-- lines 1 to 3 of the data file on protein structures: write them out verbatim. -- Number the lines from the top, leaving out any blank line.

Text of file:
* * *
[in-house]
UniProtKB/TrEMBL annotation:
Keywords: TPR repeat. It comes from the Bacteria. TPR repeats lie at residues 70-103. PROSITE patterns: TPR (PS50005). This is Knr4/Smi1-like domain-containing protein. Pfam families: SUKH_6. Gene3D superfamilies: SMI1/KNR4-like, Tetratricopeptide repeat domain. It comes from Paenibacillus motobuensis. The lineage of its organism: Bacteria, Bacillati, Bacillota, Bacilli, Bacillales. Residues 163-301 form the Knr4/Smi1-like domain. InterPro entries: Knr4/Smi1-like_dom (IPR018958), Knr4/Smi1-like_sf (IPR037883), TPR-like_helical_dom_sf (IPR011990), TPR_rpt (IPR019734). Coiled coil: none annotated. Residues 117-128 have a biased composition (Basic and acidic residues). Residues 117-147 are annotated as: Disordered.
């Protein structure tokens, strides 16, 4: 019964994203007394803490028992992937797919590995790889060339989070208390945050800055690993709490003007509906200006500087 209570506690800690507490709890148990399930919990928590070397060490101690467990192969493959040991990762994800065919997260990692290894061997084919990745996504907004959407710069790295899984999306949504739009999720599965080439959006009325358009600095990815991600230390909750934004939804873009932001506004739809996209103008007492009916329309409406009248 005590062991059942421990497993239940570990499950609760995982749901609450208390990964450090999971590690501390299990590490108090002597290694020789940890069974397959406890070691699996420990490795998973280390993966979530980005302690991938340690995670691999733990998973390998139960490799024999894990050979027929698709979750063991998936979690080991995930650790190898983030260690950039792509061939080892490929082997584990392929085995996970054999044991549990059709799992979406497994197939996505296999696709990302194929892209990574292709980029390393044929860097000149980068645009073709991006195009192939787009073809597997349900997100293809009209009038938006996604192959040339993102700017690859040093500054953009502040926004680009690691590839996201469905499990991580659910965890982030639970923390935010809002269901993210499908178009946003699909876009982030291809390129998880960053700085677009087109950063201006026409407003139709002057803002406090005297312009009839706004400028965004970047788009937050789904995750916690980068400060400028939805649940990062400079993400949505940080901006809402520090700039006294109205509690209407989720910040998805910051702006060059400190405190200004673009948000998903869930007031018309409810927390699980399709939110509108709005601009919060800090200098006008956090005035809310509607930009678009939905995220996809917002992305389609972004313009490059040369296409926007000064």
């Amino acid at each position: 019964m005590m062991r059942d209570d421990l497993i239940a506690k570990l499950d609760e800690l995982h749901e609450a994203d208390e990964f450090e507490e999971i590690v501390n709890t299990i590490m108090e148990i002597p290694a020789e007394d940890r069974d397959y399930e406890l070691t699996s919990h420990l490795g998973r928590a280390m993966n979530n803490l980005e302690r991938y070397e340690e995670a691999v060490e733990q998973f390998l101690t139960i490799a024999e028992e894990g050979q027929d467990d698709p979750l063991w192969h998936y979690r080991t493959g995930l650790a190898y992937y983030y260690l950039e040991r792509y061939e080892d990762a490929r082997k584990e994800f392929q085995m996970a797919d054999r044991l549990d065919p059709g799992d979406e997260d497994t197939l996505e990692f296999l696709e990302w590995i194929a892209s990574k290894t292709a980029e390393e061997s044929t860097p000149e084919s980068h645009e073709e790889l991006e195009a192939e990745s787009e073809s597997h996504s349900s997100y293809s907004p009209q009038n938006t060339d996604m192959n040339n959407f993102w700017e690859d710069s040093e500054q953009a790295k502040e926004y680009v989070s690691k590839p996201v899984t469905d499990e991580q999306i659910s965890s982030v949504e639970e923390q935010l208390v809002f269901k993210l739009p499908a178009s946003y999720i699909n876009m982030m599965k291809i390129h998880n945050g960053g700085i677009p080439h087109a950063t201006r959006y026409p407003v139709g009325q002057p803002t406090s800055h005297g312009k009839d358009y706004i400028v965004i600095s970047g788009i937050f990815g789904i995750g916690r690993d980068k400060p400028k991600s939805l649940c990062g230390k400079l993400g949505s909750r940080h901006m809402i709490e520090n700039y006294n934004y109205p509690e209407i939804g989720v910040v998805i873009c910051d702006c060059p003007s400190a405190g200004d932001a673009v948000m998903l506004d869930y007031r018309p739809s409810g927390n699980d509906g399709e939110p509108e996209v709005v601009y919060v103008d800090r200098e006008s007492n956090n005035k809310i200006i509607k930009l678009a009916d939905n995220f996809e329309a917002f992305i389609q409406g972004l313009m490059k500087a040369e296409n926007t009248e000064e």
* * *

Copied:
[in-house]
UniProtKB/TrEMBL annotation:
Keywords: TPR repeat. It comes from the Bacteria. TPR repeats lie at residues 70-103. PROSITE patterns: TPR (PS50005). This is Knr4/Smi1-like domain-containing protein. Pfam families: SUKH_6. Gene3D superfamilies: SMI1/KNR4-like, Tetratricopeptide repeat domain. It comes from Paenibacillus motobuensis. The lineage of its organism: Bacteria, Bacillati, Bacillota, Bacilli, Bacillales. Residues 163-301 form the Knr4/Smi1-like domain. InterPro entries: Knr4/Smi1-like_dom (IPR018958), Knr4/Smi1-like_sf (IPR037883), TPR-like_helical_dom_sf (IPR011990), TPR_rpt (IPR019734). Coiled coil: none annotated. Residues 117-128 have a biased composition (Basic and acidic residues). Residues 117-147 are annotated as: Disordered.